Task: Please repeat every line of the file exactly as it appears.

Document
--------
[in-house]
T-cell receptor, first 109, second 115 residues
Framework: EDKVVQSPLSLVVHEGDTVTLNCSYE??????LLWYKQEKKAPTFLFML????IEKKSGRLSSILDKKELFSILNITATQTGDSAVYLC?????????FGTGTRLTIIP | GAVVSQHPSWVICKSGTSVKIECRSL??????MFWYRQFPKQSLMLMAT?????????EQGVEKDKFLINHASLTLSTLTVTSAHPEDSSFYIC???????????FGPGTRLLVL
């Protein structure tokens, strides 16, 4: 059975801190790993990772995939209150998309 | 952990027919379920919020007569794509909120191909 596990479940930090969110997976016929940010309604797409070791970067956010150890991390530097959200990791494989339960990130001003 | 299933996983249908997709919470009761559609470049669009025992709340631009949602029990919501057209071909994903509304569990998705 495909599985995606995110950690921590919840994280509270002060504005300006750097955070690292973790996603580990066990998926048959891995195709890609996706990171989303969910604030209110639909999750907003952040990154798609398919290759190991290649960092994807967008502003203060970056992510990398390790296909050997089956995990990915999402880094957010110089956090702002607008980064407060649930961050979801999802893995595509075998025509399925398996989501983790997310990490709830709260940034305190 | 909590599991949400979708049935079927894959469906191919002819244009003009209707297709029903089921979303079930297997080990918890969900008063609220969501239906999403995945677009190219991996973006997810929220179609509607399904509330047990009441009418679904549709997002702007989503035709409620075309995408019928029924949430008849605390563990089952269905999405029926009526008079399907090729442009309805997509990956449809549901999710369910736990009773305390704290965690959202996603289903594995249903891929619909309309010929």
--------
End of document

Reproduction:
[in-house]
T-cell receptor, first 109, second 115 residues
Framework: EDKVVQSPLSLVVHEGDTVTLNCSYE??????LLWYKQEKKAPTFLFML????IEKKSGRLSSILDKKELFSILNITATQTGDSAVYLC?????????FGTGTRLTIIP | GAVVSQHPSWVICKSGTSVKIECRSL??????MFWYRQFPKQSLMLMAT?????????EQGVEKDKFLINHASLTLSTLTVTSAHPEDSSFYIC???????????FGPGTRLLVL
């Protein structure tokens, strides 16, 4: 059975801190790993990772995939209150998309 | 952990027919379920919020007569794509909120191909 596990479940930090969110997976016929940010309604797409070791970067956010150890991390530097959200990791494989339960990130001003 | 299933996983249908997709919470009761559609470049669009025992709340631009949602029990919501057209071909994903509304569990998705 495909599985995606995110950690921590919840994280509270002060504005300006750097955070690292973790996603580990066990998926048959891995195709890609996706990171989303969910604030209110639909999750907003952040990154798609398919290759190991290649960092994807967008502003203060970056992510990398390790296909050997089956995990990915999402880094957010110089956090702002607008980064407060649930961050979801999802893995595509075998025509399925398996989501983790997310990490709830709260940034305190 | 909590599991949400979708049935079927894959469906191919002819244009003009209707297709029903089921979303079930297997080990918890969900008063609220969501239906999403995945677009190219991996973006997810929220179609509607399904509330047990009441009418679904549709997002702007989503035709409620075309995408019928029924949430008849605390563990089952269905999405029926009526008079399907090729442009309805997509990956449809549901999710369910736990009773305390704290965690959202996603289903594995249903891929619909309309010929």